reflecting, not without a certain measure Her words were by no means so ready of satisfaction, that it was almost humanly as they ought to have been. impossible that any such opportunity could present itself that evening.

In this, however, he was mistaken. It was the last lecture, as it happened, of that season, and no sooner was it over than the professor, begging them kindly to wait a few minutes for him, hastily descended the steps in order to exchange certain words of wisdom with other blackcapped and spectacled sages who, followed by their feminine belongings, were now rapidly converging into the narrow circular space in the centre. Borroughdale and Miss Holland were thus left for the time being absolutely tête-à-tête, seated side by side upon one of the red-covered benches. All around them similar red-covered benches were fast emptying of the groups which had lately filled them, the few remaining people being assiduously bent upon discovering stray capes or shawls, so that to all practical intents our two young people were as much alone as though they had been in the centre of the great Sahara.

Something in this sudden sensation of solitude, something in the encompassing yet indistinguishable volume of sound gave Borroughdale sudden courage, and with hands shaking and knees knocking, but with an inward dogged resolution to have the thing out and get it over, he began huskily,

"Miss Holland, er-you wouldn't give me, er any answer the other evening, will you, please, give me one now?"

He stopped, physically incapable for the moment of uttering another syllable. Her embarrassment was hardly less than his.


"I couldn't, Lord Borrougdale. Indeed, indeed, I couldn't," she said in a tone of distress. How could you think of speaking to me upon such a subject before all those people? Didn't you see that they were listening?"

"No, I didn't see it; but if they were, what then? What did the people matter? I shouldn't have cared for my part if all London had been listening. I'm not a bit afraid of people; I'm only afraid of you."

"Of course I needn't say how very, very grateful I am to you, Lord Borroughdale," she began hesitatingly.

"That's all stuff," he responded bluntly. "No, it is not stuff at all. I consider it a very great honor; a far greater one than I ever thought of receiving."

"Now, look here, Miss Holland, please don't talk like that. You must have seen, at least I think you must have seen, for a good while back that I wanted to speak to you; to-er-say what I said the other night, only that I haven't—er - I mean I couldn't er I mean stopped dead short and then began again. "You must have known, I say, that I cared for you. Any one, I think, would have known it."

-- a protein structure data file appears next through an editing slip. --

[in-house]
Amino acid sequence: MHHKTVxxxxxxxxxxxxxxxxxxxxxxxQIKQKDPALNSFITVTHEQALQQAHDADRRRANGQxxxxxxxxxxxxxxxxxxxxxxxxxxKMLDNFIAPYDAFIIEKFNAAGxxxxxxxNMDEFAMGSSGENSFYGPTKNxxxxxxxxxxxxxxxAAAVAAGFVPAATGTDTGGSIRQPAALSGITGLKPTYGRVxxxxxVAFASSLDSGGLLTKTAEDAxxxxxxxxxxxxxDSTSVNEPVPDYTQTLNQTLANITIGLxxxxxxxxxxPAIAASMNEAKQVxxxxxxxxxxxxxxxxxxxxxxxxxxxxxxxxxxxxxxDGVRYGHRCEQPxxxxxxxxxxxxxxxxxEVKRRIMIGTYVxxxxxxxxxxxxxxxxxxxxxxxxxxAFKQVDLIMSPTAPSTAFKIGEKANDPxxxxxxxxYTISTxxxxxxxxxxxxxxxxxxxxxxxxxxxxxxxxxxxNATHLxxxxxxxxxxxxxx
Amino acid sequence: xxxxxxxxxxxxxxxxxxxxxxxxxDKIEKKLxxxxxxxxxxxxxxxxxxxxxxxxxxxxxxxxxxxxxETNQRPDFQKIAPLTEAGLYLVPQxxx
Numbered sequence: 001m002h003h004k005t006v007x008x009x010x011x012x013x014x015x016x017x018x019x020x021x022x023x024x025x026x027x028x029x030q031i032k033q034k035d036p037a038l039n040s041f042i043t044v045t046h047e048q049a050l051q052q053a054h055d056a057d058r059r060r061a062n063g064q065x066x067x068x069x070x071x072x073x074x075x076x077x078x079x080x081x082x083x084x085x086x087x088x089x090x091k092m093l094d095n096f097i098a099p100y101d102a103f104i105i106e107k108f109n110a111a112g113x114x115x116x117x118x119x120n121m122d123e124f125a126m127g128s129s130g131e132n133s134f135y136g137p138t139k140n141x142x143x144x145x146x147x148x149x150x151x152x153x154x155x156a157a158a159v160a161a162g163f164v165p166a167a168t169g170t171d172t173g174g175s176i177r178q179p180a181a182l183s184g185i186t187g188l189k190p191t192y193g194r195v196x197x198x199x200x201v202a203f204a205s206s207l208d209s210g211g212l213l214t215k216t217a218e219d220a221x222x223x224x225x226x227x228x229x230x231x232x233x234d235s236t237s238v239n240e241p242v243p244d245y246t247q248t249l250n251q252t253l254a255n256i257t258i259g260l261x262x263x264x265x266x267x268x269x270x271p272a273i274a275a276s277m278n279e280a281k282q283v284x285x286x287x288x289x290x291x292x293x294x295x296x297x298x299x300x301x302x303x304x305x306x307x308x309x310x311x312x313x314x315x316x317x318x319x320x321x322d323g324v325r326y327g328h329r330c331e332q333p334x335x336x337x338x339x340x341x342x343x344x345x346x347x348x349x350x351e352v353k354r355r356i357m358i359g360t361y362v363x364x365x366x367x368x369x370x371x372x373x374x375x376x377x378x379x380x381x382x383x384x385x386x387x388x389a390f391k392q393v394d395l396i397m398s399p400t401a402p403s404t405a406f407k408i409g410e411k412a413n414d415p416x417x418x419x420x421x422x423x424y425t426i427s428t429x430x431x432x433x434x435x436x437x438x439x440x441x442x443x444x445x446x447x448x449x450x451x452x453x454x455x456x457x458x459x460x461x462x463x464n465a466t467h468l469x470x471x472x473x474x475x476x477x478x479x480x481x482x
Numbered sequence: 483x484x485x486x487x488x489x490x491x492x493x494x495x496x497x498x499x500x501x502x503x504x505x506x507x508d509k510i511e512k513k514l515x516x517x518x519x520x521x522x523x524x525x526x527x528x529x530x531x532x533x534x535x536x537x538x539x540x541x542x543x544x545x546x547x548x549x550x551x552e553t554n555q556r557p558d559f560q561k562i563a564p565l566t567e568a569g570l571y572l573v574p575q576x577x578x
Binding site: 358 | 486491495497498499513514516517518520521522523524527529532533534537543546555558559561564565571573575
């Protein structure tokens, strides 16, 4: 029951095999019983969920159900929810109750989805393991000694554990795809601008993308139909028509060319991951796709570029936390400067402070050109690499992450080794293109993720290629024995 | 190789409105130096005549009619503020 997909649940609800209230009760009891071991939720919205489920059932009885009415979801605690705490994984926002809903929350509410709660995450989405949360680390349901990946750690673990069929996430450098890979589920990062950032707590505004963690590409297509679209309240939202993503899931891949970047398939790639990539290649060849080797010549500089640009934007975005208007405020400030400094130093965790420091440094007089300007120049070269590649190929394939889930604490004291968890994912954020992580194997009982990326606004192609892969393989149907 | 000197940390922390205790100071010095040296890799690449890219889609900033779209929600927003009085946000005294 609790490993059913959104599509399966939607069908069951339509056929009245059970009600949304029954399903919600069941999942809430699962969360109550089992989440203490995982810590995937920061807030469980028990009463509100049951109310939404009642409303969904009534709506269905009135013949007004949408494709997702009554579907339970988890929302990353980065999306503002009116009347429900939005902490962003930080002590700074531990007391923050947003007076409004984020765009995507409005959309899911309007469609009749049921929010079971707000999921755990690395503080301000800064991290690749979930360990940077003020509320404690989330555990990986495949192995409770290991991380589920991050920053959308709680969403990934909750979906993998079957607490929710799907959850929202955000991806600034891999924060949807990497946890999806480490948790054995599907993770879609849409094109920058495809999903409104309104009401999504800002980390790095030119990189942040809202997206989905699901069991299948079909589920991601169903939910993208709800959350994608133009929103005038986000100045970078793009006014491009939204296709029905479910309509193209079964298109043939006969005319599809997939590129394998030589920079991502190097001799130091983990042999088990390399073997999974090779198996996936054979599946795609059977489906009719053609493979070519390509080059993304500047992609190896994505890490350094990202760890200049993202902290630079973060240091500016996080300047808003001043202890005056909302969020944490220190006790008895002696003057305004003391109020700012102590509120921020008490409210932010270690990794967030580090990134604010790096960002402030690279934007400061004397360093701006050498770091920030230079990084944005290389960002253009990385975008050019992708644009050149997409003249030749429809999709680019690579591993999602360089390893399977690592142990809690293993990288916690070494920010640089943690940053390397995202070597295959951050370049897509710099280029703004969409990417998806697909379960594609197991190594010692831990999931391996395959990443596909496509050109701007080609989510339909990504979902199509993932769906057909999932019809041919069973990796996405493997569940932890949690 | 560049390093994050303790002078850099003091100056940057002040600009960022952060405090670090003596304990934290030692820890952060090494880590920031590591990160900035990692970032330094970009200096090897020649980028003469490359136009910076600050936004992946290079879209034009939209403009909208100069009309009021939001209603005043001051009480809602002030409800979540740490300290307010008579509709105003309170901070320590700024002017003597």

"I didn't know it, I assure you."

"Well then, if you didn't you know it now. It sounds like nothing, I dare say," he went on, “but you don't know what it is to me. I thought all that sort of thing was sheer balderdash, but if so then balderdash is the only thing worth having. I know I'd give every single sixpence I have in the world to get my own way in this. To have.

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Now that he was at last fairly launched he might have gone on for some time longer, but she broke in upon him in a tone of distress.

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"Lord Borroughdale, please please do not say anything more. I am grateful, indeed more grateful than I can say, but

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"But you don't like me simply; say it out at once and have done with it."

"I do like you very much, but it cannot indeed indeed it cannot be." "Why cannot it be?


"Because because of so many reasons. Think how short a time you have known me. And then again ——” voice, which had been embarrassed became suddenly firmer. "Remember, what would your own relatives say remember the difference of our position. People would say that you ought to marry some one nearer to your own rank," the last word being uttered with a clear, almost a contemptuous emphasis.

She tried to laugh. "I didn't know that I was so very for- of a snort of disdain and defiance. midable," she said.

Borroughdale gave utterance to a sort

"You are to me. When a fellow is awfully anxious about a thing he necessa rily is frightened."

Again he waited as if to give her time to speak.

"Rank, stuff! People, bosh!" he exclaimed. "Why, my rank, as you call it, has been simply the bane and nothing else of my life, and it will be ten times over my bane if it is going to come between you and me. No, don't think of what